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 Technical bulletins
November 2012

The environmental quality act and insurance claims

By Michel Millmore P.T., CESA,

Given the considerable impact caused by the reinforcement of the Environment Quality Act (EQA), it has become essential, particularly within the scope of an insurance claim, to identify with a comfortable level of certainty the source of the contamination and the person responsible for its releasing to the environment.

That is why professionals from the insurance industry are relying increasingly on forensic consultants trained in conducting rigorous technical investigations emphasizing on causes and origins of an environmental loss.

In May 2002, the Assemblée Nationale adopted Bill 72 (Act to amend the Environ­ment Quality Act and other legislative amendments with regards to land protection and rehabilitation). This amendment to the EQA entered into force in March 1, 2003, a few days after the adoption by the Québec Cabinet of the "Land Protection and Rehabilitation Regulation" (LPRR) that fixes value limits for a certain range of contaminants and defines the types of commercial and industrial activities contem­plated by the LPRR and by division IV.2.1 of the EQA.

One of the main effects of Bill 72 is to give to the Ministry of Sustainable Development, Environment and Parks (MSDEP) increased power to undertake procedures against a polluter, even though the contamination predates the entry into force of the Law (as well as pollution exclusion clauses).

Another effect of Bill 72 is the introduction of the possibility, under certain conditions, to undertake procedures against not only the polluter, as was the case in the application of the polluter-pays principle, but also against the person who has custody of land.

These new provisions can have a significant impact on the management of environmental loss related claims. For example, following the spill of petroleum products on a site, it is generally required to assess the site condition in order to determine the extent of the contamination and to help planning remediation work.

However, in cases where contaminants originate from an activity identified by Schedule 3 of the LPRR, such as a spill related to a gas station operation, the presence of that contamination can have serious consequences.

Thus, if the contamination is present at the property limit in excess of the value limits, the person who has custody of land is required to send a notice to the neighbor informing him of the situation (section 31.52 of the EQA). The MSDEP must also be noticed. This requirement aims directly at the person who has custody of land, even though he is not the owner or the polluter.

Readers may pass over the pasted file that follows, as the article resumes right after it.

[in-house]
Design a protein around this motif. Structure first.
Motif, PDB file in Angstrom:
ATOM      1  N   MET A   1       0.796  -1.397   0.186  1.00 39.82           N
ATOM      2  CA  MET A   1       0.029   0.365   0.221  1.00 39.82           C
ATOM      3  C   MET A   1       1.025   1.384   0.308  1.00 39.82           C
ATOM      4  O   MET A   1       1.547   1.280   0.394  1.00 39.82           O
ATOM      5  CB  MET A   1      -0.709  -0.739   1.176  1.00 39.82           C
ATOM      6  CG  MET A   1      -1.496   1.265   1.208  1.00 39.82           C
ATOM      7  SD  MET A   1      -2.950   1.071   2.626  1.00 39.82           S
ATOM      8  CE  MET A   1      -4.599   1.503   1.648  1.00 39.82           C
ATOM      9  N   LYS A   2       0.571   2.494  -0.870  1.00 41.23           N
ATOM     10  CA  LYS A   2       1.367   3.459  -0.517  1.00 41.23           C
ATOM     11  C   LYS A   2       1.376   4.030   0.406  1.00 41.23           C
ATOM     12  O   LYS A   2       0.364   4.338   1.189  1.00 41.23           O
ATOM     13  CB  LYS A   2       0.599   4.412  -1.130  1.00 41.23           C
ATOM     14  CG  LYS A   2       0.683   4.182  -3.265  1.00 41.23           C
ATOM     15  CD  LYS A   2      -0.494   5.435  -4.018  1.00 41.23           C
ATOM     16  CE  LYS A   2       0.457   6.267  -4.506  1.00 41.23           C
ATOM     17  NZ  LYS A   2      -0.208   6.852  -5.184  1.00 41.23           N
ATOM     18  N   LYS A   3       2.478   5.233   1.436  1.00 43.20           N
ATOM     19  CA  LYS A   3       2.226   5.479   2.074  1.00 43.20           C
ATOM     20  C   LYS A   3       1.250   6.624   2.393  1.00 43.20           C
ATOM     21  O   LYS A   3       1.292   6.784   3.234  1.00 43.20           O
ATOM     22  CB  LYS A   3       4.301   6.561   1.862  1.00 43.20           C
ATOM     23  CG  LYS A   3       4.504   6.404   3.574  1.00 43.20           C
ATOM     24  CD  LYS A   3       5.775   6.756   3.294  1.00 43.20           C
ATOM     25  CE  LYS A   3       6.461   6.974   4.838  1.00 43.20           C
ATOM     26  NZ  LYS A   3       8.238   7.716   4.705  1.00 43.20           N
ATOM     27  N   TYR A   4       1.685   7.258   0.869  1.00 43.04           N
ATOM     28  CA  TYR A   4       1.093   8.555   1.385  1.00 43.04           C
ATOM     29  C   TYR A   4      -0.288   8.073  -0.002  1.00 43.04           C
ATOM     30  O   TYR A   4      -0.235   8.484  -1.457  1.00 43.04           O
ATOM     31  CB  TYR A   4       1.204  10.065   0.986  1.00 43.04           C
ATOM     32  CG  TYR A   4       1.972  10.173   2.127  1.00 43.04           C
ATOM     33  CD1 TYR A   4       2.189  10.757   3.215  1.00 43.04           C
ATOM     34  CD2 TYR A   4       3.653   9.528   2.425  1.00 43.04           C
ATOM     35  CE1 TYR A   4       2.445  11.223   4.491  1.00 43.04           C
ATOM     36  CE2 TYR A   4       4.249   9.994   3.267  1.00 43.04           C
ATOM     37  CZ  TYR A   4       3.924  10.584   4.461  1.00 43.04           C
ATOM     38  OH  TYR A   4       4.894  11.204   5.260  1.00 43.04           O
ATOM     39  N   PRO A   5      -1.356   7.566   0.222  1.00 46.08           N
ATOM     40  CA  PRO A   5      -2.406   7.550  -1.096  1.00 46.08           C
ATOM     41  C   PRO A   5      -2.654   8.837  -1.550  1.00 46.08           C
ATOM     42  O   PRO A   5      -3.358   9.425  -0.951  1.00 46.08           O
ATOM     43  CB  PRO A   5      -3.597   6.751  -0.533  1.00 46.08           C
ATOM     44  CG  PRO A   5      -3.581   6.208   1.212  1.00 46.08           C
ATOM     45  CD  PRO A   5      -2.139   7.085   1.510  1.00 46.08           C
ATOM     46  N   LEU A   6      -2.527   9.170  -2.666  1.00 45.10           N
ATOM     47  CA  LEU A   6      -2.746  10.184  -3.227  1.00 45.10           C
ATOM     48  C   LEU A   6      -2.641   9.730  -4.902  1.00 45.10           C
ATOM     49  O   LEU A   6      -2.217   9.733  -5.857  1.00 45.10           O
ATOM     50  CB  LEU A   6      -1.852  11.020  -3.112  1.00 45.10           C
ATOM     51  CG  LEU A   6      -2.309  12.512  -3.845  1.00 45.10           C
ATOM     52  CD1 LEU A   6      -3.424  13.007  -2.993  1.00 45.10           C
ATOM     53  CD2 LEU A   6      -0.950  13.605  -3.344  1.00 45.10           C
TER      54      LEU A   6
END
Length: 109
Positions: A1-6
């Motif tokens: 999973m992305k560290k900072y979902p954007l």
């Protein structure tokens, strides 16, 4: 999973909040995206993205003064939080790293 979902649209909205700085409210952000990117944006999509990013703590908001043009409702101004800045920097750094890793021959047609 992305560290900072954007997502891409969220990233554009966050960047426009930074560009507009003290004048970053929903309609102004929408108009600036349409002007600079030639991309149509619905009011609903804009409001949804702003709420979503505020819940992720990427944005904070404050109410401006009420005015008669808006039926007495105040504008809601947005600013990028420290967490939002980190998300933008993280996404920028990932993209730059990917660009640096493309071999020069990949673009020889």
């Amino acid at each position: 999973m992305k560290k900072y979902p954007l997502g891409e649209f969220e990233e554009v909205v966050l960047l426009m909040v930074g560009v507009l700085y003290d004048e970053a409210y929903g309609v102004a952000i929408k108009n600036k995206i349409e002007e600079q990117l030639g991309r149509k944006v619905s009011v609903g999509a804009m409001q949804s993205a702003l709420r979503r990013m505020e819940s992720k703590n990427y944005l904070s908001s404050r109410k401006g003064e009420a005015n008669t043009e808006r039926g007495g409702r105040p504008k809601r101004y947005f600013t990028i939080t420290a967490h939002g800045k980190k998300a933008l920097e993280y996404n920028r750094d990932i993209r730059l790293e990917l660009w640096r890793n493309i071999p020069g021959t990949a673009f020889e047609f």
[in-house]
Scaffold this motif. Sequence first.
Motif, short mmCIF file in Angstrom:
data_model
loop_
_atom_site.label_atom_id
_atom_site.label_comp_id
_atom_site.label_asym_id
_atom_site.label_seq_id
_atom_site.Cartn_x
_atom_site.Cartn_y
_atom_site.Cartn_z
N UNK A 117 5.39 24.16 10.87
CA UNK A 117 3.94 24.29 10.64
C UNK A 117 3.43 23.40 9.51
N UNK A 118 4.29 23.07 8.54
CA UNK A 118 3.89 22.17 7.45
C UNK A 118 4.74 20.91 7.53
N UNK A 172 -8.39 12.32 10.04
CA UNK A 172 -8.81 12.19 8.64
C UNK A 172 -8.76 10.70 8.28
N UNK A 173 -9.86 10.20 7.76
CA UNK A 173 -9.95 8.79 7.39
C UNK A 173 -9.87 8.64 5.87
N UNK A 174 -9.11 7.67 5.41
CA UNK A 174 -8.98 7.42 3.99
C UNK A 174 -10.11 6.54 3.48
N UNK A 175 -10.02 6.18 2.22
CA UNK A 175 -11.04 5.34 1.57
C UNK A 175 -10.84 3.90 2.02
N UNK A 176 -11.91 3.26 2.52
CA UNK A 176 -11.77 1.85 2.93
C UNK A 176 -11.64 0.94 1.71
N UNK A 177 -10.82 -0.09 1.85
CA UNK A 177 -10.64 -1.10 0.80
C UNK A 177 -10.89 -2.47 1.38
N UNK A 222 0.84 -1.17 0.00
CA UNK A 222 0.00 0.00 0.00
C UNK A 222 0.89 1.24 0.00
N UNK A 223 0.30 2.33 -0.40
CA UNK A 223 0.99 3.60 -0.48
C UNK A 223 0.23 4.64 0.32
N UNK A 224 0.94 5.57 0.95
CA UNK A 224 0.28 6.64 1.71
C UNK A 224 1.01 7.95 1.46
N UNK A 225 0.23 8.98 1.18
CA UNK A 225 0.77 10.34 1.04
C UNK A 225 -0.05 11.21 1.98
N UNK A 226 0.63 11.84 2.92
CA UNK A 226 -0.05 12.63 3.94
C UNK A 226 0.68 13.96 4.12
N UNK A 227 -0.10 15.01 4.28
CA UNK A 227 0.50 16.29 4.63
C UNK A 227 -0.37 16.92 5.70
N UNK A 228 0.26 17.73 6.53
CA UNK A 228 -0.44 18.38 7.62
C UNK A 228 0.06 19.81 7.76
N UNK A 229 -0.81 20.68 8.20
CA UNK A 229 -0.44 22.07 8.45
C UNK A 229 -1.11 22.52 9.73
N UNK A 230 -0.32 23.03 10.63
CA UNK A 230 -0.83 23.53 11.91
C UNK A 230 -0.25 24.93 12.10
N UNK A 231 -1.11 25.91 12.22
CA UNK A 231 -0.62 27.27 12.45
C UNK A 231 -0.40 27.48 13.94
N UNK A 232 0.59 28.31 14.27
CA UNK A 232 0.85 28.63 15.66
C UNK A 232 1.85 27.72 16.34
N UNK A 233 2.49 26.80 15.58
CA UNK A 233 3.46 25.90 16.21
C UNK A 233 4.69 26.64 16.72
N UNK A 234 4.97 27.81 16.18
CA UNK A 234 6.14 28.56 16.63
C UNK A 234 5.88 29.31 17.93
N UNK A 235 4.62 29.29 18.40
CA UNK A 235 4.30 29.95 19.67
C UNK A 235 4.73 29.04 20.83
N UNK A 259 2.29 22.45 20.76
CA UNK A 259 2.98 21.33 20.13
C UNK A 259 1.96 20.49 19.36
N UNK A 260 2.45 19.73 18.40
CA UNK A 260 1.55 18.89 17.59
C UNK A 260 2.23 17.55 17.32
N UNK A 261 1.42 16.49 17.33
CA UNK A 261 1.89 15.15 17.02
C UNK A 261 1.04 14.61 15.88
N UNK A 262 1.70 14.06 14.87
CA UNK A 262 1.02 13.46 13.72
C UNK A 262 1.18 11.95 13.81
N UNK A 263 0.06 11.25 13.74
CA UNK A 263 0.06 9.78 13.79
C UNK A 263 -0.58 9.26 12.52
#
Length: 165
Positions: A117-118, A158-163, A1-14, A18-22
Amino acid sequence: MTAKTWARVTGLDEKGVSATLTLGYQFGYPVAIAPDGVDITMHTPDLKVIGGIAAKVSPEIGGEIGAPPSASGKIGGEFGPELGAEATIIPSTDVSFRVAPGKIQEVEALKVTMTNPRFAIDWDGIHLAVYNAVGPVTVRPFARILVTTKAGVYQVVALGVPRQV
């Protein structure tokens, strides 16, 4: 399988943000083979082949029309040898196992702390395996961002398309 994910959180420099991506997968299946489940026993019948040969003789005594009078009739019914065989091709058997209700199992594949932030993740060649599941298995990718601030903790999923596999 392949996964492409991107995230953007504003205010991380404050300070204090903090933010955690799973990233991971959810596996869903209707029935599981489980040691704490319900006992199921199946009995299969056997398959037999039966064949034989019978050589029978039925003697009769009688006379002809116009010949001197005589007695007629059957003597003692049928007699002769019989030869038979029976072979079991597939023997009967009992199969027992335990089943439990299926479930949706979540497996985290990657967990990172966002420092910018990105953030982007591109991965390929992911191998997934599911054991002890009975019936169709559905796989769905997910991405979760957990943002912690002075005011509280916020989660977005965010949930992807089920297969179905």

Notices to the neighbor and to the MSDEP open the door to new claims for damages to third parties. It can also result in the MSDEP ordering the preparation of a remediation plan and/or ordering that a soil and groundwater characterization be carried out on the site and be certified by a recognized expert. If contaminants levels exceed the value limits, it will also be required to apply for registration in the Land Register of
a notice of contamination accessible to the public.

Apart from the cost of these interventions, the person who does not comply with the obligations of the EQA may also be liable, since February 1, 2012 (Entry into force of Bill 89 "An Act to amend the Environmental Quality Act in order to reinforce compliance"), to significant administrative financial penalties and even imprisonment.

MSDEP, through these new tools, can be a lot more persuasive towards polluters and person having custody of contaminated lands. In many cases, these persons will turn to their insurers for advice and the insurer will have to answer to the ministry requirements, while avoiding false steps that could put the insured or the insurer in a difficult position.

Retaining the services of a forensic consultant means working with an expert that is aware of the insurers preoccupations and who knows how to navigate among the subtleties of an increasingly complex legislation. It is also an excellent way to reduce uncertainties to a comfortable level for which regard liabilities and to guarantee that work is carried out in compliance with governmental requirements, while minimizing the risk of unnecessary interventions.

If you would like to receive more information on the subject, do not hesitate to contact one of CEP's forensic consultants. We will be happy to answer any questions you might have.